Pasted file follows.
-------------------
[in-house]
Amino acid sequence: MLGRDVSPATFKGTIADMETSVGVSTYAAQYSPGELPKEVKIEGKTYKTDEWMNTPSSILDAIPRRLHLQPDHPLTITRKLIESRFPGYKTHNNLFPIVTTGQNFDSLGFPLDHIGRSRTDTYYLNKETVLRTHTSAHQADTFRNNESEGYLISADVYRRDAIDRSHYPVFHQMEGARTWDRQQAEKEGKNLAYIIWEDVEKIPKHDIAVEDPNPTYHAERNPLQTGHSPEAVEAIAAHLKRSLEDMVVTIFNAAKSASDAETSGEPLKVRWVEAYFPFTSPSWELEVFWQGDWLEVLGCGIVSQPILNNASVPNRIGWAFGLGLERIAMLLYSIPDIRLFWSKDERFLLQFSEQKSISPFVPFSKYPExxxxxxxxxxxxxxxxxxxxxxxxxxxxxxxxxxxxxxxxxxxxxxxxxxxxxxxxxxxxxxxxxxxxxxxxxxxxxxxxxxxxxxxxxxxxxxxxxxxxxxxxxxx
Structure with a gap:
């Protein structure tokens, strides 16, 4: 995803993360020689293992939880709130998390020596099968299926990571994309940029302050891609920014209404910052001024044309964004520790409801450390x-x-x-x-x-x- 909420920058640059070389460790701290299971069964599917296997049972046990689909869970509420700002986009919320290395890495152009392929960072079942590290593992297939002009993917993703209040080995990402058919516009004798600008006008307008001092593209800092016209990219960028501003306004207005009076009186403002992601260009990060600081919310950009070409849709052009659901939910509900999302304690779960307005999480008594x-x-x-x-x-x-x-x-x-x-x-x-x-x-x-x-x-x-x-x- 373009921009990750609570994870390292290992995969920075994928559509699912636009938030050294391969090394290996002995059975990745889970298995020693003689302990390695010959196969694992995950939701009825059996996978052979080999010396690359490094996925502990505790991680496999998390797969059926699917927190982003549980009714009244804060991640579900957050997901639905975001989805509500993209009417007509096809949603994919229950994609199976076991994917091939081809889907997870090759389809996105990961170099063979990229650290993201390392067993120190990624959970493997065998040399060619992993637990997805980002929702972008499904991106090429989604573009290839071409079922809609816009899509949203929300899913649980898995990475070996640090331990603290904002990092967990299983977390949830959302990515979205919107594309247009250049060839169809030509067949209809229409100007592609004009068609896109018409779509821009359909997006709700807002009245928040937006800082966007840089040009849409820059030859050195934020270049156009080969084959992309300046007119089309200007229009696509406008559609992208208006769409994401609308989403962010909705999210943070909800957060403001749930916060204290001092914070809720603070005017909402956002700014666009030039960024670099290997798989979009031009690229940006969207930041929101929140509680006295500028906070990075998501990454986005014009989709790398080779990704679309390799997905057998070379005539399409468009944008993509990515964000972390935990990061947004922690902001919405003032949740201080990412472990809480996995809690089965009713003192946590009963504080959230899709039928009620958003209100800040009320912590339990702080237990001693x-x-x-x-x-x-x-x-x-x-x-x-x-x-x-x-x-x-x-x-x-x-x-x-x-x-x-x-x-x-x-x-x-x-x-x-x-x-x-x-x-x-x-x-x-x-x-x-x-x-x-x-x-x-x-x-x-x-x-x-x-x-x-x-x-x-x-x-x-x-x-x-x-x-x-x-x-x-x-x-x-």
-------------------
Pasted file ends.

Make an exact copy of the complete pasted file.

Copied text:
[in-house]
Amino acid sequence: MLGRDVSPATFKGTIADMETSVGVSTYAAQYSPGELPKEVKIEGKTYKTDEWMNTPSSILDAIPRRLHLQPDHPLTITRKLIESRFPGYKTHNNLFPIVTTGQNFDSLGFPLDHIGRSRTDTYYLNKETVLRTHTSAHQADTFRNNESEGYLISADVYRRDAIDRSHYPVFHQMEGARTWDRQQAEKEGKNLAYIIWEDVEKIPKHDIAVEDPNPTYHAERNPLQTGHSPEAVEAIAAHLKRSLEDMVVTIFNAAKSASDAETSGEPLKVRWVEAYFPFTSPSWELEVFWQGDWLEVLGCGIVSQPILNNASVPNRIGWAFGLGLERIAMLLYSIPDIRLFWSKDERFLLQFSEQKSISPFVPFSKYPExxxxxxxxxxxxxxxxxxxxxxxxxxxxxxxxxxxxxxxxxxxxxxxxxxxxxxxxxxxxxxxxxxxxxxxxxxxxxxxxxxxxxxxxxxxxxxxxxxxxxxxxxxx
Structure with a gap:
């Protein structure tokens, strides 16, 4: 995803993360020689293992939880709130998390020596099968299926990571994309940029302050891609920014209404910052001024044309964004520790409801450390x-x-x-x-x-x- 909420920058640059070389460790701290299971069964599917296997049972046990689909869970509420700002986009919320290395890495152009392929960072079942590290593992297939002009993917993703209040080995990402058919516009004798600008006008307008001092593209800092016209990219960028501003306004207005009076009186403002992601260009990060600081919310950009070409849709052009659901939910509900999302304690779960307005999480008594x-x-x-x-x-x-x-x-x-x-x-x-x-x-x-x-x-x-x-x- 373009921009990750609570994870390292290992995969920075994928559509699912636009938030050294391969090394290996002995059975990745889970298995020693003689302990390695010959196969694992995950939701009825059996996978052979080999010396690359490094996925502990505790991680496999998390797969059926699917927190982003549980009714009244804060991640579900957050997901639905975001989805509500993209009417007509096809949603994919229950994609199976076991994917091939081809889907997870090759389809996105990961170099063979990229650290993201390392067993120190990624959970493997065998040399060619992993637990997805980002929702972008499904991106090429989604573009290839071409079922809609816009899509949203929300899913649980898995990475070996640090331990603290904002990092967990299983977390949830959302990515979205919107594309247009250049060839169809030509067949209809229409100007592609004009068609896109018409779509821009359909997006709700807002009245928040937006800082966007840089040009849409820059030859050195934020270049156009080969084959992309300046007119089309200007229009696509406008559609992208208006769409994401609308989403962010909705999210943070909800957060403001749930916060204290001092914070809720603070005017909402956002700014666009030039960024670099290997798989979009031009690229940006969207930041929101929140509680006295500028906070990075998501990454986005014009989709790398080779990704679309390799997905057998070379005539399409468009944008993509990515964000972390935990990061947004922690902001919405003032949740201080990412472990809480996995809690089965009713003192946590009963504080959230899709039928009620958003209100800040009320912590339990702080237990001693x-x-x-x-x-x-x-x-x-x-x-x-x-x-x-x-x-x-x-x-x-x-x-x-x-x-x-x-x-x-x-x-x-x-x-x-x-x-x-x-x-x-x-x-x-x-x-x-x-x-x-x-x-x-x-x-x-x-x-x-x-x-x-x-x-x-x-x-x-x-x-x-x-x-x-x-x-x-x-x-x-």